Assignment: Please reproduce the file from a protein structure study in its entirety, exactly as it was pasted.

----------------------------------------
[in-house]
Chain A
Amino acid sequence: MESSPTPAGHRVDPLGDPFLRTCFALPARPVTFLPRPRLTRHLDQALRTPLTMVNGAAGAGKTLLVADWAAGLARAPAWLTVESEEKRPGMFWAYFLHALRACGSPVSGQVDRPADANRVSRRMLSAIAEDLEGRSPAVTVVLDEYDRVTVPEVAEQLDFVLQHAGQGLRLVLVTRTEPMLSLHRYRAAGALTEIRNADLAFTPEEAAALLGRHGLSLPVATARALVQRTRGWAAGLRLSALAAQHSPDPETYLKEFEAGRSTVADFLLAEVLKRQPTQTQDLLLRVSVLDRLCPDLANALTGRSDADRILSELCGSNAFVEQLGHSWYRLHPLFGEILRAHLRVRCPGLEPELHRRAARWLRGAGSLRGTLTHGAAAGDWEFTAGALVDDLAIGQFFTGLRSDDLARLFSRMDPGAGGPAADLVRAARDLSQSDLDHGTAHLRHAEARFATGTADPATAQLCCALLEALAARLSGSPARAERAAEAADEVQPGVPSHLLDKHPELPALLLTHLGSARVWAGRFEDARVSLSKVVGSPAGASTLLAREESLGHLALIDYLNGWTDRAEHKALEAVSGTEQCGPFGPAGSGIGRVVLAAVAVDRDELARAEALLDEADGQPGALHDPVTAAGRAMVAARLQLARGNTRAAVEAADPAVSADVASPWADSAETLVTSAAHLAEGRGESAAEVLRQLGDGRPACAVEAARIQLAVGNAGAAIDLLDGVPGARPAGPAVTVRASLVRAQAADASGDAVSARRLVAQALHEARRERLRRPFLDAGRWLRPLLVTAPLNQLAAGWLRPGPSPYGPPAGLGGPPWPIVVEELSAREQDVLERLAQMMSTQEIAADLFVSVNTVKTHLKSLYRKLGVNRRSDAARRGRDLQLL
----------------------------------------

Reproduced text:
[in-house]
Chain A
Amino acid sequence: MESSPTPAGHRVDPLGDPFLRTCFALPARPVTFLPRPRLTRHLDQALRTPLTMVNGAAGAGKTLLVADWAAGLARAPAWLTVESEEKRPGMFWAYFLHALRACGSPVSGQVDRPADANRVSRRMLSAIAEDLEGRSPAVTVVLDEYDRVTVPEVAEQLDFVLQHAGQGLRLVLVTRTEPMLSLHRYRAAGALTEIRNADLAFTPEEAAALLGRHGLSLPVATARALVQRTRGWAAGLRLSALAAQHSPDPETYLKEFEAGRSTVADFLLAEVLKRQPTQTQDLLLRVSVLDRLCPDLANALTGRSDADRILSELCGSNAFVEQLGHSWYRLHPLFGEILRAHLRVRCPGLEPELHRRAARWLRGAGSLRGTLTHGAAAGDWEFTAGALVDDLAIGQFFTGLRSDDLARLFSRMDPGAGGPAADLVRAARDLSQSDLDHGTAHLRHAEARFATGTADPATAQLCCALLEALAARLSGSPARAERAAEAADEVQPGVPSHLLDKHPELPALLLTHLGSARVWAGRFEDARVSLSKVVGSPAGASTLLAREESLGHLALIDYLNGWTDRAEHKALEAVSGTEQCGPFGPAGSGIGRVVLAAVAVDRDELARAEALLDEADGQPGALHDPVTAAGRAMVAARLQLARGNTRAAVEAADPAVSADVASPWADSAETLVTSAAHLAEGRGESAAEVLRQLGDGRPACAVEAARIQLAVGNAGAAIDLLDGVPGARPAGPAVTVRASLVRAQAADASGDAVSARRLVAQALHEARRERLRRPFLDAGRWLRPLLVTAPLNQLAAGWLRPGPSPYGPPAGLGGPPWPIVVEELSAREQDVLERLAQMMSTQEIAADLFVSVNTVKTHLKSLYRKLGVNRRSDAARRGRDLQLL